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How to Combine the 1957 Vintage Radio with RDS Decoder

Guys, you’ve probably heard these words, “Vintage, retro and contemporary” before! However, did you know what the biggest difference between these three magical words is?

Today, we’re going to learn the difference between vintage, retro and contemporary! When someone talking about “Vintage”, it mostly refers to stuffs that was produced between 1920 and 1970. If the collections were produced before 1920, then you might want to call it, “Antique”.

The retro is normally related with stuffs that being produced between the years 1970 to 1990. Hence, the disco can be considered as the mix of vintage and retro! Everything that being made after 1990 is termed as “Contemporary”. Hope you’ve learned the differences and take notes about it!

Let’s back to the main topic. If you owned a very old yet vintage radio, then you might want to modify it a little bit, by combining the RDS decoder onto it!

1957 vintage radio with RDS decoder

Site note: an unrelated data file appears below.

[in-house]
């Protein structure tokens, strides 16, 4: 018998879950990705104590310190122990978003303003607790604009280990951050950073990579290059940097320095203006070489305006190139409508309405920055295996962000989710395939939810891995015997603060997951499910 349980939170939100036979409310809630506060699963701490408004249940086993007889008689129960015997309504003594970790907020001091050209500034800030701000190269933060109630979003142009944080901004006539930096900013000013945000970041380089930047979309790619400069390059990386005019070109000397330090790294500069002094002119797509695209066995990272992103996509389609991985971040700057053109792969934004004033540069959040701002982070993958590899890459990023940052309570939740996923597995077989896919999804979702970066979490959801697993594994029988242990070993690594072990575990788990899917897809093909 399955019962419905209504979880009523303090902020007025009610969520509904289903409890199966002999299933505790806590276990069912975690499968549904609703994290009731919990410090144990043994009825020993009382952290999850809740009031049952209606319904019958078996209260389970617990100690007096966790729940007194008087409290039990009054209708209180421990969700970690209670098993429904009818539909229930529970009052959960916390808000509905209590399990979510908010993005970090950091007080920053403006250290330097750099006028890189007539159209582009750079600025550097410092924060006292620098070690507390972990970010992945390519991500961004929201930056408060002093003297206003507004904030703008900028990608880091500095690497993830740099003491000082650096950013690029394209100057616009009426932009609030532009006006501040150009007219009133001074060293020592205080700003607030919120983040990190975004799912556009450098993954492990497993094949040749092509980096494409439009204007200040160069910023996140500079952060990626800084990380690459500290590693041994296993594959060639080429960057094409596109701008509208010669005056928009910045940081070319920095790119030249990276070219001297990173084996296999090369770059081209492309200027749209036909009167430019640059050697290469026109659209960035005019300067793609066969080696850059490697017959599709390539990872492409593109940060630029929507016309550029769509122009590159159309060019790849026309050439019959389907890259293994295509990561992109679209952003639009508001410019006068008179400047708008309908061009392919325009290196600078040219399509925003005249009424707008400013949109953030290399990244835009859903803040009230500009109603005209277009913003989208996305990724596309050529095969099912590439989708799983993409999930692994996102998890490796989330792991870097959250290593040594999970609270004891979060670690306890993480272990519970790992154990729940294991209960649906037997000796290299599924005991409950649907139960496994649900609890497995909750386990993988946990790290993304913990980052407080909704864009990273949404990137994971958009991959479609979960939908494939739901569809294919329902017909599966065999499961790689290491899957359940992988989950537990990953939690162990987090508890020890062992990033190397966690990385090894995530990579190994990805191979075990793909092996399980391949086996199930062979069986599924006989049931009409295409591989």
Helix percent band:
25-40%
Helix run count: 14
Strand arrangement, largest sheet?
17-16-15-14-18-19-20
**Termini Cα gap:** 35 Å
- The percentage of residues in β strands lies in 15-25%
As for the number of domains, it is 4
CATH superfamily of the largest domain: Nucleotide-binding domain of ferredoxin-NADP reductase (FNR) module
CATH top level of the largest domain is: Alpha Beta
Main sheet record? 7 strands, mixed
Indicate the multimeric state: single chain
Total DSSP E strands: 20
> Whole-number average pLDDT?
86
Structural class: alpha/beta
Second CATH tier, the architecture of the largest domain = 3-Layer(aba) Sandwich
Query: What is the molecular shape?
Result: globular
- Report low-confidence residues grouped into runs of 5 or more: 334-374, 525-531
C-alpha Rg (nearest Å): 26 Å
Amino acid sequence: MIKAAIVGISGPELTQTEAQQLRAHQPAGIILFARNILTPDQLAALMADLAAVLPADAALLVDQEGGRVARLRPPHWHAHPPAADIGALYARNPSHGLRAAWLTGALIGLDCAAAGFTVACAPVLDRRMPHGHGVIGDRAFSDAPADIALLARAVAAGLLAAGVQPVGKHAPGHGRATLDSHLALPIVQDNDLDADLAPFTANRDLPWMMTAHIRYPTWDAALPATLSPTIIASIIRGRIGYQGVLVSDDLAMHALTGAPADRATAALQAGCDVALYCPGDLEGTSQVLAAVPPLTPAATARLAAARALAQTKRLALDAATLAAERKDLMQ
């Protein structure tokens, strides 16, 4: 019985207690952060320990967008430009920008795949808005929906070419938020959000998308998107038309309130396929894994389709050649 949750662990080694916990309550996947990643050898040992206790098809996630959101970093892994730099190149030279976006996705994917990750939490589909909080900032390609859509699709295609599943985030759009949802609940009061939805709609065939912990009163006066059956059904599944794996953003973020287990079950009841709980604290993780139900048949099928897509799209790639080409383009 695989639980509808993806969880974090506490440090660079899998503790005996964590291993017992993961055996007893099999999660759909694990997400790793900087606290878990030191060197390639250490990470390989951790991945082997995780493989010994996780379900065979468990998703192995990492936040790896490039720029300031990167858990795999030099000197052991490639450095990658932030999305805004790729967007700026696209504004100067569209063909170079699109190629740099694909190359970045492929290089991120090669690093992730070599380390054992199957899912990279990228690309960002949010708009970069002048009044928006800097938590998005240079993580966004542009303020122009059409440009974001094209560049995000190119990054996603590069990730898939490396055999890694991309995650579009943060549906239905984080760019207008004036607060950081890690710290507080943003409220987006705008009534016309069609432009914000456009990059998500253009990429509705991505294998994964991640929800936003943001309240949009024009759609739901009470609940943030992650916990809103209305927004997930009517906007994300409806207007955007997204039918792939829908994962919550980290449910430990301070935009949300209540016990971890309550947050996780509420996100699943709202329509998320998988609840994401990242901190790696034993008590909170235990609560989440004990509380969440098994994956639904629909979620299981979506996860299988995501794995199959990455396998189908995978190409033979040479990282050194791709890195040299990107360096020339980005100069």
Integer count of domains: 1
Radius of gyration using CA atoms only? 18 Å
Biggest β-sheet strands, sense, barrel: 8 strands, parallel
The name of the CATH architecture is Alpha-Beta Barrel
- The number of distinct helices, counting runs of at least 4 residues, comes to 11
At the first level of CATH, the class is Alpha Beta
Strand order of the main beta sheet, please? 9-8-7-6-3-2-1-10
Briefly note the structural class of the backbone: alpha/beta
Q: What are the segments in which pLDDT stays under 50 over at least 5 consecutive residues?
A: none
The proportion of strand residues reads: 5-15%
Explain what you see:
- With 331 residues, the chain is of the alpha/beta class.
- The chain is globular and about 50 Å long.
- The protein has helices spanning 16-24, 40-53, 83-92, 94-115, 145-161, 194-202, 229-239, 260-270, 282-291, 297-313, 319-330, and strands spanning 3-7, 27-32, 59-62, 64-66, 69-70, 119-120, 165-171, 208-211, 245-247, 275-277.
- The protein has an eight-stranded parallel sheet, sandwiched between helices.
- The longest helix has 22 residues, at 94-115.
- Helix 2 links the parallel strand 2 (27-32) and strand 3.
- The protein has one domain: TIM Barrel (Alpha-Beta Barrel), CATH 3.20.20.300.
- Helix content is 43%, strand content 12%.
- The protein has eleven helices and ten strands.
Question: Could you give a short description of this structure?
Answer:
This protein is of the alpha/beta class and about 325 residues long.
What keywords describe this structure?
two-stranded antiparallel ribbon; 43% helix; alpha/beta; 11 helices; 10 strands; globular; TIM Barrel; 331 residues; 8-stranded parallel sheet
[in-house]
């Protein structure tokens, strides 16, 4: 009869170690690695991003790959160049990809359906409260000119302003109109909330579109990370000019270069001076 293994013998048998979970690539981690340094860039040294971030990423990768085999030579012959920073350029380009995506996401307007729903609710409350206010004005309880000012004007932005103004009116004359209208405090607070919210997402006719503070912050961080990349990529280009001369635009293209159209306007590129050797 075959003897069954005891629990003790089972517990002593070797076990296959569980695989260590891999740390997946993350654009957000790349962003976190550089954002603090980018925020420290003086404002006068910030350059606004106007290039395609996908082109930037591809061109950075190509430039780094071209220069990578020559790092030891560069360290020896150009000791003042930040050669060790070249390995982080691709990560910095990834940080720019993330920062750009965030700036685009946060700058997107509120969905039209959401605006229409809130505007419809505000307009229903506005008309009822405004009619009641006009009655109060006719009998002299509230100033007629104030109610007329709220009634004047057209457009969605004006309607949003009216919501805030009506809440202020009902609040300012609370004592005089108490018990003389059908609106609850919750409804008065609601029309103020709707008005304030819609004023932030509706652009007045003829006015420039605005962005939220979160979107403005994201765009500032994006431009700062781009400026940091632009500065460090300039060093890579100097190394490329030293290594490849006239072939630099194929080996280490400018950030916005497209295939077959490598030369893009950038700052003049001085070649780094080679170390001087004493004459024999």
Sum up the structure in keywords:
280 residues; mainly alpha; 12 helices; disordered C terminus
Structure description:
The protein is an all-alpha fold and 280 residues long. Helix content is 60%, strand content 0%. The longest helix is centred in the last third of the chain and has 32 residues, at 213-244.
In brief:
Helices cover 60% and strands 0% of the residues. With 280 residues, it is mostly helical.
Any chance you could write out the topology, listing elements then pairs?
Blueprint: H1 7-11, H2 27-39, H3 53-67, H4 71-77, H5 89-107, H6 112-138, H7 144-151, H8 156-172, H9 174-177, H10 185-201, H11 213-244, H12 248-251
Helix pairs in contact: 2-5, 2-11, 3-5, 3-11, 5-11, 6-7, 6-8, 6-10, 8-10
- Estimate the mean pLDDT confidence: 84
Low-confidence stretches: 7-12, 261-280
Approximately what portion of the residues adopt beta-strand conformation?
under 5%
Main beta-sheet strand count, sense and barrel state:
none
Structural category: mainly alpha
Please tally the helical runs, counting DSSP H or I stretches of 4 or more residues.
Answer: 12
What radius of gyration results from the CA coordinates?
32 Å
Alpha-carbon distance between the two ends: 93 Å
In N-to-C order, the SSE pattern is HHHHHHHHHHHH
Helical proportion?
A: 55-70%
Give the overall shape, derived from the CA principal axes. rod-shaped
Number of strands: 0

Well, it’s a very simple project, where the TDA7330B RDS demodulator and ATtiny2313 microcontroller are the main parts to be included into the project. Basically, the received and decoded RDS text is displayed on 2×16 HD44780 based LCD display with several options, such as:

  • Displaying RDS time,

  • Displaying TA flag,

  • Scrolling 64 characters long RDS text.

Please keep in mind that every time, when you’re connecting the RDS decoder to a FM radio, you have to locate the FM signal detector first. Or, if you don’t know the proper way to find the FM signal detector, you can try to connect it to volume potentiometer’s “hot point”, which is the one pin that is not connected to GND (Ground).

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